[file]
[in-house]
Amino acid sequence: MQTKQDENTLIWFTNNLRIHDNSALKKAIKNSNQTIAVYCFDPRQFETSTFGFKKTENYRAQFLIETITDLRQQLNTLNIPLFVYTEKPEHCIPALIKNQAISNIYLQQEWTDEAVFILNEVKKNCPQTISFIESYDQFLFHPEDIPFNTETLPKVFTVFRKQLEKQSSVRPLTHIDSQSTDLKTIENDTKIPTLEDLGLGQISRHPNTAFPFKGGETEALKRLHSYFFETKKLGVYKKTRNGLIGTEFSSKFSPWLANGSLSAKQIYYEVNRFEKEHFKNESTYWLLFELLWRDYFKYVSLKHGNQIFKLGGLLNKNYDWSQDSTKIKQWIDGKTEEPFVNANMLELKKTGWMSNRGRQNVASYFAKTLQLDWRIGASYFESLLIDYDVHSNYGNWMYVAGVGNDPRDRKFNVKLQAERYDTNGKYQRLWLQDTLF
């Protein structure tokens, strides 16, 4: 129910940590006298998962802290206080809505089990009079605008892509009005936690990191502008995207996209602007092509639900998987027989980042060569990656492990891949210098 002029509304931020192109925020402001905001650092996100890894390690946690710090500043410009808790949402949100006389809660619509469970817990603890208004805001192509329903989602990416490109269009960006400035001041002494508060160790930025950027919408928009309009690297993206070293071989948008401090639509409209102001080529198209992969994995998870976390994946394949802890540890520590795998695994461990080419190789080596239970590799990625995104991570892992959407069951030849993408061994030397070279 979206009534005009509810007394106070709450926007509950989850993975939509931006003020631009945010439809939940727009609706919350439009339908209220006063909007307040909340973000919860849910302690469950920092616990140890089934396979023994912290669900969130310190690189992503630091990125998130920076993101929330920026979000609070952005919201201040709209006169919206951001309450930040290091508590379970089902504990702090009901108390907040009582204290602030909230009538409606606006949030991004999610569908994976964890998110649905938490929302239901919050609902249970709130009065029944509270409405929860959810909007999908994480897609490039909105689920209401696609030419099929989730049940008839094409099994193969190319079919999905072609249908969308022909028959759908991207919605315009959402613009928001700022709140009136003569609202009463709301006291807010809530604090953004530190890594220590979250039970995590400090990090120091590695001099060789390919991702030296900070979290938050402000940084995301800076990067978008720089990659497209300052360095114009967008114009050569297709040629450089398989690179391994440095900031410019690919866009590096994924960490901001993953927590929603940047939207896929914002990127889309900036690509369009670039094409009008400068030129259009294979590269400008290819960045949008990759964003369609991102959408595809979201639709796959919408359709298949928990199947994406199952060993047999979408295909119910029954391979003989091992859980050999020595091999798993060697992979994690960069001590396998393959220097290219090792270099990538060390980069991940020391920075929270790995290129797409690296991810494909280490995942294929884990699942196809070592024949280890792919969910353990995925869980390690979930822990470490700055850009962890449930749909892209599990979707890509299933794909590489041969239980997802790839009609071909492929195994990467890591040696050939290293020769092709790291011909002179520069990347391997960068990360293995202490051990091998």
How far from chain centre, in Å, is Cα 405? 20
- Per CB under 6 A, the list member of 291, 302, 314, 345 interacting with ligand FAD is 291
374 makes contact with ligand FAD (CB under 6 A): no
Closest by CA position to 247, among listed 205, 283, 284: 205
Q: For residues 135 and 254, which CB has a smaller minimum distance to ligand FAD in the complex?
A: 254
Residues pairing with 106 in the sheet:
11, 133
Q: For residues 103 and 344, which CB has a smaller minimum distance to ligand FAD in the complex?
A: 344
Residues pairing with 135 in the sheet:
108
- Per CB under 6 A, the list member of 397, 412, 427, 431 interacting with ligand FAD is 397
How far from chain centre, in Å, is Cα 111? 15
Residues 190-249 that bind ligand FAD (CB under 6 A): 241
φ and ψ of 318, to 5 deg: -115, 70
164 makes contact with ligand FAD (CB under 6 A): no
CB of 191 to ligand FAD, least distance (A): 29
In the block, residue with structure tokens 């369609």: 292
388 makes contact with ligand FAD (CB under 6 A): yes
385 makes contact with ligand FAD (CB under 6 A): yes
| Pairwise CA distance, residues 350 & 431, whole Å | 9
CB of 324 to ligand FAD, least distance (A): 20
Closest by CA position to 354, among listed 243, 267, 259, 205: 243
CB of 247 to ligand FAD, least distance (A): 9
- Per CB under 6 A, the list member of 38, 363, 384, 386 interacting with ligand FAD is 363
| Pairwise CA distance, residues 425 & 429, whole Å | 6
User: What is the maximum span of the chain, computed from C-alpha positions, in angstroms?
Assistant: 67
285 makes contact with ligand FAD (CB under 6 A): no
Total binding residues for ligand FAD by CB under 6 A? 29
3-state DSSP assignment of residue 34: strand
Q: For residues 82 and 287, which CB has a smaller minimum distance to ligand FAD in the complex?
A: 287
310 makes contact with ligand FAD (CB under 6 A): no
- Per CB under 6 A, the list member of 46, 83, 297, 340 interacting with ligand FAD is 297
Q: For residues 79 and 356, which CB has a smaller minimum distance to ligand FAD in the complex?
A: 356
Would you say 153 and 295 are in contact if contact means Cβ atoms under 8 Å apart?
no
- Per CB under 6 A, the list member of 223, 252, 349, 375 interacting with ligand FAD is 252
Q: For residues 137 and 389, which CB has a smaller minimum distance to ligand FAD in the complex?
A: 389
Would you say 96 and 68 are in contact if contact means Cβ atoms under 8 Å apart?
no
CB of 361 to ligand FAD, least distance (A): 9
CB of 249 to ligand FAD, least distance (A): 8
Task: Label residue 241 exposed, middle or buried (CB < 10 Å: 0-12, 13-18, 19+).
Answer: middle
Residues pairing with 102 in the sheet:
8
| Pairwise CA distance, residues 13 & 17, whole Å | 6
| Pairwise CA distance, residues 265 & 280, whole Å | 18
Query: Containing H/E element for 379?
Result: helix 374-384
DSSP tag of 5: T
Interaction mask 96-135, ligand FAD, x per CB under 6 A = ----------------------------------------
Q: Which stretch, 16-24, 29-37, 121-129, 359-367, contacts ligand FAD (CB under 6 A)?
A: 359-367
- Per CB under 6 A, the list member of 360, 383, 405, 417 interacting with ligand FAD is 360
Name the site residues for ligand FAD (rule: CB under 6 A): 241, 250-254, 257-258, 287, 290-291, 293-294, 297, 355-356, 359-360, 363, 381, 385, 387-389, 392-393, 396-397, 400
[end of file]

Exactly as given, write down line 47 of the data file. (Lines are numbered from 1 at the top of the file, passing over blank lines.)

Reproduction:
Would you say 96 and 68 are in contact if contact means Cβ atoms under 8 Å apart?